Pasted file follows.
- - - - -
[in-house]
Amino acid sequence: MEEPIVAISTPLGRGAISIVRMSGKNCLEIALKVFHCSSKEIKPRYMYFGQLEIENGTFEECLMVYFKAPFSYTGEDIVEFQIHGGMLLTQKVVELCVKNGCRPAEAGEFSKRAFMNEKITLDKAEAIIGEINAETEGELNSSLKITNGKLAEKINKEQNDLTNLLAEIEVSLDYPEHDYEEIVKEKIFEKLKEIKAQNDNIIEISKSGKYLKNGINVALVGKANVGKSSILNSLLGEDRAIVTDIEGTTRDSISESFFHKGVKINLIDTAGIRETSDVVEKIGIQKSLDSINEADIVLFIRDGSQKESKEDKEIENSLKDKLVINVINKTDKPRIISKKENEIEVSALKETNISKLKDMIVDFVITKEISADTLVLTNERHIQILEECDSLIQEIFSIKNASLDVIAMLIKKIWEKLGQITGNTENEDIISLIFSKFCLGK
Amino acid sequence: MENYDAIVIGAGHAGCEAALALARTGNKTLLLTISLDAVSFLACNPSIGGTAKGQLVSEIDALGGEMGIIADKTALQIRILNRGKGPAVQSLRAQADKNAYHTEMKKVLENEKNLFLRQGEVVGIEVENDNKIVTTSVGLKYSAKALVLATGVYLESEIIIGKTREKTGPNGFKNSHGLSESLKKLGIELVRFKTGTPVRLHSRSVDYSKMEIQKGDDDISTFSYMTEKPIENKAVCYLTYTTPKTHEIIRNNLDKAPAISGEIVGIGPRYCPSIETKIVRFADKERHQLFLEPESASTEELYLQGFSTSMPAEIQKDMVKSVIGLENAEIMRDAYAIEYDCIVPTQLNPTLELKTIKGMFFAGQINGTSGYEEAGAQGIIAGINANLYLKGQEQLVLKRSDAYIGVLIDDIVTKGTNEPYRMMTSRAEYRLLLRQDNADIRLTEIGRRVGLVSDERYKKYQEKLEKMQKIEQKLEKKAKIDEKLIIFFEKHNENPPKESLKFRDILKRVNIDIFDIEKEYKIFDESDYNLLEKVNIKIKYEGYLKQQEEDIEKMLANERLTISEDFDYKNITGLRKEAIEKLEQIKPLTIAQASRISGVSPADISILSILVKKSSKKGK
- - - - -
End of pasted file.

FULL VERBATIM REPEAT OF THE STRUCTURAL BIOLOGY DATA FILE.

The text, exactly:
[in-house]
Amino acid sequence: MEEPIVAISTPLGRGAISIVRMSGKNCLEIALKVFHCSSKEIKPRYMYFGQLEIENGTFEECLMVYFKAPFSYTGEDIVEFQIHGGMLLTQKVVELCVKNGCRPAEAGEFSKRAFMNEKITLDKAEAIIGEINAETEGELNSSLKITNGKLAEKINKEQNDLTNLLAEIEVSLDYPEHDYEEIVKEKIFEKLKEIKAQNDNIIEISKSGKYLKNGINVALVGKANVGKSSILNSLLGEDRAIVTDIEGTTRDSISESFFHKGVKINLIDTAGIRETSDVVEKIGIQKSLDSINEADIVLFIRDGSQKESKEDKEIENSLKDKLVINVINKTDKPRIISKKENEIEVSALKETNISKLKDMIVDFVITKEISADTLVLTNERHIQILEECDSLIQEIFSIKNASLDVIAMLIKKIWEKLGQITGNTENEDIISLIFSKFCLGK
Amino acid sequence: MENYDAIVIGAGHAGCEAALALARTGNKTLLLTISLDAVSFLACNPSIGGTAKGQLVSEIDALGGEMGIIADKTALQIRILNRGKGPAVQSLRAQADKNAYHTEMKKVLENEKNLFLRQGEVVGIEVENDNKIVTTSVGLKYSAKALVLATGVYLESEIIIGKTREKTGPNGFKNSHGLSESLKKLGIELVRFKTGTPVRLHSRSVDYSKMEIQKGDDDISTFSYMTEKPIENKAVCYLTYTTPKTHEIIRNNLDKAPAISGEIVGIGPRYCPSIETKIVRFADKERHQLFLEPESASTEELYLQGFSTSMPAEIQKDMVKSVIGLENAEIMRDAYAIEYDCIVPTQLNPTLELKTIKGMFFAGQINGTSGYEEAGAQGIIAGINANLYLKGQEQLVLKRSDAYIGVLIDDIVTKGTNEPYRMMTSRAEYRLLLRQDNADIRLTEIGRRVGLVSDERYKKYQEKLEKMQKIEQKLEKKAKIDEKLIIFFEKHNENPPKESLKFRDILKRVNIDIFDIEKEYKIFDESDYNLLEKVNIKIKYEGYLKQQEEDIEKMLANERLTISEDFDYKNITGLRKEAIEKLEQIKPLTIAQASRISGVSPADISILSILVKKSSKKGK